Retirement Satisfaction

A recent study looks at what enhances or detracts from “Retirement Satisfaction”- various measures to quantify how happy people are in their day-to-day retirement. Some of the results are surprising.

Net Worth

Money may not buy love, but can it buy happiness?  According to a study by Dr. Michael Finke, Director of Personal Financial Planning at Texas Tech University, yes, it can!  Dr. Finke has put together a comprehensive study on Retirement Satisfaction.  Part of this study involved dividing his data group into people with the lowest net worth in retirement to the highest, and charted this metric against each group’s Retirement Satisfaction.  The results are summarized in the chart below.


As might be expected, as wealth grows, so does Retirement Satisfaction.  Surprisingly, the wealthiest group (top 10 percent) does NOT have the highest level of Retirement Satisfaction, the next-to-highest group does.  Why?  Because those in the highest docile felt the burden of managing their wealth more than any other group, decreasing their level of satisfaction.

Health Quality

How long are you going to live? Who knows, but probably longer than you think.  Data suggests that average longevity, globally, has been on the increase since 1950, with the probability of living from age 80 years to 90 years increasing about 200% for women and about 100% for men since 1950.  In fact, the fastest growing segment of our society is people age 85 or older.  We are also getting healthier, with the percentage of folks in the 79-88 age bracket that are able to walk at least a half mile increasing from about 70% in 1978 to almost 85% currently.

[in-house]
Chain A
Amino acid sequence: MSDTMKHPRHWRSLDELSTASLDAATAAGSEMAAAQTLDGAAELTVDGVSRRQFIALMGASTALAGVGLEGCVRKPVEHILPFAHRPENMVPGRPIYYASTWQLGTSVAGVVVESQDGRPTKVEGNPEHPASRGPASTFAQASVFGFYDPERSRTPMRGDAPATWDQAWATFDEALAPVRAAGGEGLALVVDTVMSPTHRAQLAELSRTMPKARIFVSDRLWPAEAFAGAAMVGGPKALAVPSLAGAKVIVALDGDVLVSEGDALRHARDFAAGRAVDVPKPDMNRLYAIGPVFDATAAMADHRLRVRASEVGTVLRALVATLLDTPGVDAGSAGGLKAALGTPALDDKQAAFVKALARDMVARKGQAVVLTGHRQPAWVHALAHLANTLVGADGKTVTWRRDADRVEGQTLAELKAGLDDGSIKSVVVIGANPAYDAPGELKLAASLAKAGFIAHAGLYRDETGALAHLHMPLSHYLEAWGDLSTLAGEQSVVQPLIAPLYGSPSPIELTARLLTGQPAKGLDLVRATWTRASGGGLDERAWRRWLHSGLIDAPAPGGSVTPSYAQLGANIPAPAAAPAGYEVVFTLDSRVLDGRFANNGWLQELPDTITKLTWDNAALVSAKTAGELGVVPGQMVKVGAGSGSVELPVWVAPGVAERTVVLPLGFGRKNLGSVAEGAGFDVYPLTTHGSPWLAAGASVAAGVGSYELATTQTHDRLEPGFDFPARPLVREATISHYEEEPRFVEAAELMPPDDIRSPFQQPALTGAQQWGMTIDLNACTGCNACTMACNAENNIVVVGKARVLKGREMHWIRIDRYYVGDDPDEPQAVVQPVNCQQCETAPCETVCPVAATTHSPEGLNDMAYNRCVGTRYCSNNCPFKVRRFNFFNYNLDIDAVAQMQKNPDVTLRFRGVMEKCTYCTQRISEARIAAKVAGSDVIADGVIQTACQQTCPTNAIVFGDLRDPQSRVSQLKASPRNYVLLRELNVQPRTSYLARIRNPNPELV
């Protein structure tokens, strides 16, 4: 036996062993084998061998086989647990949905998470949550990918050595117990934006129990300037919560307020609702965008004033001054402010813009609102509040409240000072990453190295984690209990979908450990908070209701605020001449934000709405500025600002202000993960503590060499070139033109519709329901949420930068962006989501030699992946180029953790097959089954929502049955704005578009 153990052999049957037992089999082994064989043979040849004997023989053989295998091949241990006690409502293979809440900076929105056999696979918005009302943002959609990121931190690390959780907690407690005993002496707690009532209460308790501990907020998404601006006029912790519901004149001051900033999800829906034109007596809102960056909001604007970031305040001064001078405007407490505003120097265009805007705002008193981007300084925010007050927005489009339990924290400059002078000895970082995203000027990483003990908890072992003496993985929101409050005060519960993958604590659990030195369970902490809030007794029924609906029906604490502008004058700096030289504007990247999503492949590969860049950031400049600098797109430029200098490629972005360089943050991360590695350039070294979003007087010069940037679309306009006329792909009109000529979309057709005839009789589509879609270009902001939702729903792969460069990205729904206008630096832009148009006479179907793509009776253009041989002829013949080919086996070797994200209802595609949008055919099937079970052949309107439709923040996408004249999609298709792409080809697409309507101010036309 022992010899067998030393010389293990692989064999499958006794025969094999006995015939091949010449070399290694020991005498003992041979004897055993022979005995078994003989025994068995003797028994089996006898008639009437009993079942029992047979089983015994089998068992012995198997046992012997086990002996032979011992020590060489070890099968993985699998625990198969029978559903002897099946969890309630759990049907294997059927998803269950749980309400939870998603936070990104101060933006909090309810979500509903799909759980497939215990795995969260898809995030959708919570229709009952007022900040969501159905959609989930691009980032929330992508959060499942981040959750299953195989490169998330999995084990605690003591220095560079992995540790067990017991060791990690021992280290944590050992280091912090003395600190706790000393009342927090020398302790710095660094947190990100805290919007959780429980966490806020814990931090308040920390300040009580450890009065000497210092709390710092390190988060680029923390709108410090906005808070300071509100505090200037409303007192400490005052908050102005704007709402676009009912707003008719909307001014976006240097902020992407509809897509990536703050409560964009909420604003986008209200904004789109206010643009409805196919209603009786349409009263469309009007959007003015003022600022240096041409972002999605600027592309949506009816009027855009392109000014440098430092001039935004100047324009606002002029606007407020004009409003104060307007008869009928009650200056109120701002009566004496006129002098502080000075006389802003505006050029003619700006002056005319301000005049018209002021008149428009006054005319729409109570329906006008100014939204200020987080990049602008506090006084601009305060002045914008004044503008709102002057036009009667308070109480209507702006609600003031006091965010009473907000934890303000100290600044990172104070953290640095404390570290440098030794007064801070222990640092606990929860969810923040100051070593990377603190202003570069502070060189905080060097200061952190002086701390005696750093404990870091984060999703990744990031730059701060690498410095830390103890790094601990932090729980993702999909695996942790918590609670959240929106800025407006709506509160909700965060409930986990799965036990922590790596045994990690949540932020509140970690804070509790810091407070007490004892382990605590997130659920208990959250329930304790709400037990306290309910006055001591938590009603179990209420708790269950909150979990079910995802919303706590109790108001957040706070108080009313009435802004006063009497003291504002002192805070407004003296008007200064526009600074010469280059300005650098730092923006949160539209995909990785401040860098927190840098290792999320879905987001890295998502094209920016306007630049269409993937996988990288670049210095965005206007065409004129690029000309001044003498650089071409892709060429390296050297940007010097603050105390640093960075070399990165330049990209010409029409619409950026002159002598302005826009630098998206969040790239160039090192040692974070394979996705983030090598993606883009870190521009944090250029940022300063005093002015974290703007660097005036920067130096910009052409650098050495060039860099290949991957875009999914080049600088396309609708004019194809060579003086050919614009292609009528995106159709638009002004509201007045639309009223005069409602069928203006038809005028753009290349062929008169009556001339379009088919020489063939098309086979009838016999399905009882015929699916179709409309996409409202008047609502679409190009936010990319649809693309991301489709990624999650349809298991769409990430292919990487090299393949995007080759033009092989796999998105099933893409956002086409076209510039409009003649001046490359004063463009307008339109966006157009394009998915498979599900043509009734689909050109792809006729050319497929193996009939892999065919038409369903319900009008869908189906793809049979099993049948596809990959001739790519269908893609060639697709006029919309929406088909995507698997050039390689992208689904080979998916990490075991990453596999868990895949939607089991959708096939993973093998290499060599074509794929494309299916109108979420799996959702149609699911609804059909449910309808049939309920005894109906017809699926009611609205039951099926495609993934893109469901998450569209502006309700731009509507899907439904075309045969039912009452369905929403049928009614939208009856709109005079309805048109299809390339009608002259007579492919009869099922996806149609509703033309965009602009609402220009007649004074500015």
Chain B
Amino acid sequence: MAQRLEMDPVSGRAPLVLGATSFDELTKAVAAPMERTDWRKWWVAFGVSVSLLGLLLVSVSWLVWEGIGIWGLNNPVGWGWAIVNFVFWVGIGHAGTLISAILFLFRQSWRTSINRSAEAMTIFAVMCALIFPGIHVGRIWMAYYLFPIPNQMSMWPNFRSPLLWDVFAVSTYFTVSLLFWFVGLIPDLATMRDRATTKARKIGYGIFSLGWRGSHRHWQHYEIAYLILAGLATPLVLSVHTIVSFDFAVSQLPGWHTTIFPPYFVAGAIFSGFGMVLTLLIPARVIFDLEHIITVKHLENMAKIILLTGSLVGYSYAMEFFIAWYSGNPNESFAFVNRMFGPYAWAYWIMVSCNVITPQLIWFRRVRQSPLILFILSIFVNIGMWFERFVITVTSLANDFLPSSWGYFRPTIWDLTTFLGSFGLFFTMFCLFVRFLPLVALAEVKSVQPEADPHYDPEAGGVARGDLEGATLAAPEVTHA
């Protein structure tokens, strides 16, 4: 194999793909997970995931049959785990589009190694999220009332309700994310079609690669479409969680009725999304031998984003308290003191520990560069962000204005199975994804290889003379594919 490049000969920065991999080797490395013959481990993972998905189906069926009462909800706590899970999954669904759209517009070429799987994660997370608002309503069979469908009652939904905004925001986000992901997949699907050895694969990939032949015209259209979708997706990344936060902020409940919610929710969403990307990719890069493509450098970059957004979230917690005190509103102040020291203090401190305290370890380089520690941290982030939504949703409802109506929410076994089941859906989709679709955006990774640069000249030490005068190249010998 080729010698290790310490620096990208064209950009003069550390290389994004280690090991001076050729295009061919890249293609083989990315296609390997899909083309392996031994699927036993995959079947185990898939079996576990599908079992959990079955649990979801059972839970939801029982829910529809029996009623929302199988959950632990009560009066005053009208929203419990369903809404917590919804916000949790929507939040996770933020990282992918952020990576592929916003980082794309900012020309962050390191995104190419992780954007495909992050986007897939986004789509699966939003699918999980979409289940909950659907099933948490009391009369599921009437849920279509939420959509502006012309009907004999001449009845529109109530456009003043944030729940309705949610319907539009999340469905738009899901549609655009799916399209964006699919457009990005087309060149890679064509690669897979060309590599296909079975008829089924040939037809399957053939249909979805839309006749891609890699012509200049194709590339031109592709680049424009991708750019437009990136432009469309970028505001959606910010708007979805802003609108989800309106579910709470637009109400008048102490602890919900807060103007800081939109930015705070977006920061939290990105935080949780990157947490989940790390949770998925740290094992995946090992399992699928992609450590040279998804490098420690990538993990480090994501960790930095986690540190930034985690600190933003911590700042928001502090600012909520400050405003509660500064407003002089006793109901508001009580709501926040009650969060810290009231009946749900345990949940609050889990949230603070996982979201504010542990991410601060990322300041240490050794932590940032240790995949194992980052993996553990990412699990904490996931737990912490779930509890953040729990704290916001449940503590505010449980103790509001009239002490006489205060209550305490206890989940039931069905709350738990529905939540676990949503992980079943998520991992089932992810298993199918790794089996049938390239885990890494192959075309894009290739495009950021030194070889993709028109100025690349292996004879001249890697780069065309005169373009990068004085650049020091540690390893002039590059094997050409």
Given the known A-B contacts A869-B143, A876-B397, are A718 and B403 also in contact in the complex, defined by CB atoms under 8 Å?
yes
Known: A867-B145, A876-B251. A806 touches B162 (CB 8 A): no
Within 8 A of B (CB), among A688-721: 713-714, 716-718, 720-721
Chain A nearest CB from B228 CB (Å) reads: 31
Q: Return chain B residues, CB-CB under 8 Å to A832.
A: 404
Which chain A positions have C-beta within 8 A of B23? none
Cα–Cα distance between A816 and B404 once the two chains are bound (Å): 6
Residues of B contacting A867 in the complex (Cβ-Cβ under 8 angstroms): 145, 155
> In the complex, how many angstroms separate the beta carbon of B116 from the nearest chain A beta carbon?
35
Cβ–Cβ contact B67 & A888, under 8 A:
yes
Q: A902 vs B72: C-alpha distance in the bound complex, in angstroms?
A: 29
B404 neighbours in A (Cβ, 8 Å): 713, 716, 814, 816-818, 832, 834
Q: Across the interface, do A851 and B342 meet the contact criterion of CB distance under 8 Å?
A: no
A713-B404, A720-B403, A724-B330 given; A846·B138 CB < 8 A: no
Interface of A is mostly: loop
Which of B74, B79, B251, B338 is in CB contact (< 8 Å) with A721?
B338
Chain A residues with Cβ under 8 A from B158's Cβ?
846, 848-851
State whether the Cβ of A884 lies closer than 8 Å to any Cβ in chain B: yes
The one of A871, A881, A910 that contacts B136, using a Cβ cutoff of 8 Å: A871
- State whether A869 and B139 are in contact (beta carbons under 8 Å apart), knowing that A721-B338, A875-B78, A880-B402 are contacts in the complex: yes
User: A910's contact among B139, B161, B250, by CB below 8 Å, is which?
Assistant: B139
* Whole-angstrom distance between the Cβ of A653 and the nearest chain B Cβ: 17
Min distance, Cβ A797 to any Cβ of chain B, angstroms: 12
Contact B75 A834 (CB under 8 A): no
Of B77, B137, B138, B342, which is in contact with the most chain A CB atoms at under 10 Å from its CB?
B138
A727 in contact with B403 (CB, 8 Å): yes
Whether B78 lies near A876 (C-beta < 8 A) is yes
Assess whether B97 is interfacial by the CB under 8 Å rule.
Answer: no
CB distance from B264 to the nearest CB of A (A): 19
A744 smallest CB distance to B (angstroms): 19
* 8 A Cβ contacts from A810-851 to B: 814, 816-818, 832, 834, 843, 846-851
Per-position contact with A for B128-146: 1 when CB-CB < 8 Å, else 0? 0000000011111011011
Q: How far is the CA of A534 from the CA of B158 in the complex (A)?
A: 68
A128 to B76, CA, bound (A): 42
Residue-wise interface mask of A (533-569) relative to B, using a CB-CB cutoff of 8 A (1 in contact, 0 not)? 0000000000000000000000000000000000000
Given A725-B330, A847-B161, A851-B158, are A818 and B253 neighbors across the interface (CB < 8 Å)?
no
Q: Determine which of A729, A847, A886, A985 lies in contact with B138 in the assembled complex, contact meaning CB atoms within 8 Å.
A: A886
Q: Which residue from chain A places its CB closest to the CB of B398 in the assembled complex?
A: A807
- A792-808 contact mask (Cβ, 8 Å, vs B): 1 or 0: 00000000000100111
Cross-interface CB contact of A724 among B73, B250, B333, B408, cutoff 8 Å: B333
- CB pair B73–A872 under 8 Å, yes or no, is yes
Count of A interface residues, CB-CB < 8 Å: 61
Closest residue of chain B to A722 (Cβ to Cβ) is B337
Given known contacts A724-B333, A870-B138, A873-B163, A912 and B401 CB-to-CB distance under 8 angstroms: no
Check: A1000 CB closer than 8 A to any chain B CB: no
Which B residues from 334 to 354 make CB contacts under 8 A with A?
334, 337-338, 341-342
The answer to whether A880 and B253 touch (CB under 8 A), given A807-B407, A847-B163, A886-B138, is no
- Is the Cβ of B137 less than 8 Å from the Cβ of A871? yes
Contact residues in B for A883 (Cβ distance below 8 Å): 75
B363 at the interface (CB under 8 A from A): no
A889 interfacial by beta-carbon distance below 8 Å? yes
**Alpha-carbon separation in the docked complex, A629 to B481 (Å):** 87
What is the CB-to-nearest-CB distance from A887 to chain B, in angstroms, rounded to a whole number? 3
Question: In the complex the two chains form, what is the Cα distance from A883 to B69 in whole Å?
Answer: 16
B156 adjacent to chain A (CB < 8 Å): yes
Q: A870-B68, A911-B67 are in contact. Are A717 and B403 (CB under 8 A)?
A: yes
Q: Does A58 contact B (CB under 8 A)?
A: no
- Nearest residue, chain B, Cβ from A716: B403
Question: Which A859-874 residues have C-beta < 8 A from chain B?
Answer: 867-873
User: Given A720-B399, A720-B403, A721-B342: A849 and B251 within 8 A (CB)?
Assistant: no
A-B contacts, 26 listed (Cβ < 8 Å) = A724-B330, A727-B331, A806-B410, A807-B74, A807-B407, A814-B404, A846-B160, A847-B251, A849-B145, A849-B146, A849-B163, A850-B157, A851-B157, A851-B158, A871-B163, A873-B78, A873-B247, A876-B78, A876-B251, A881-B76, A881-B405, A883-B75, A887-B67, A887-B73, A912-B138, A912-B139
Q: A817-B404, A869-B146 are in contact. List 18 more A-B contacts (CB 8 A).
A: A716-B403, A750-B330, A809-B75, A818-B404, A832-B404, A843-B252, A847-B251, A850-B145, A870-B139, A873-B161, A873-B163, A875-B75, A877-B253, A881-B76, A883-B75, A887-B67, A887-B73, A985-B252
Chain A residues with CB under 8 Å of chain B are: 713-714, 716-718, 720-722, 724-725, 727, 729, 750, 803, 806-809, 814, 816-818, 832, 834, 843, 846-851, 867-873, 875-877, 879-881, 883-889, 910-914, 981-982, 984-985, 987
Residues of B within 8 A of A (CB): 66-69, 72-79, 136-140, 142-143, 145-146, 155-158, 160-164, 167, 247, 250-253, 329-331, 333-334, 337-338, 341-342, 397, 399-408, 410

The outcome of these shifting demographics is a healthier, longer retirement.  Researchers have found that, along with higher net worth, good health is an extremely important component of Retirement Satisfaction, if not an overriding one.  As an individual’s health declines below the rating of “Excellent”, Retirement Satisfaction decreases rapidly, as the following chart depicts.



Another area of Dr. Finke’s study concerns relationships with family and friends. Not surprisingly, the importance of relationships, both positive and negative, with your spouse and children weigh most heavily on your degree of happiness.  Dr. Finke also found that while satisfaction was higher with those in the study that had children, their degree of satisfaction turned markedly negative if they lived within a 10-mile radius of their adult children.


If Dr. Finke surveyed the children of the study participants, he might find a similar result, as the old Dutch proverb says: “A happy new home is one where you can’t see the smoke from your parents’ chimney”.

Our Goal

Although the following metric wasn’t actually included in Dr. Finke’s study, the chart below depicts our goal, which is to focus on our clients’ well-being and satisfaction.



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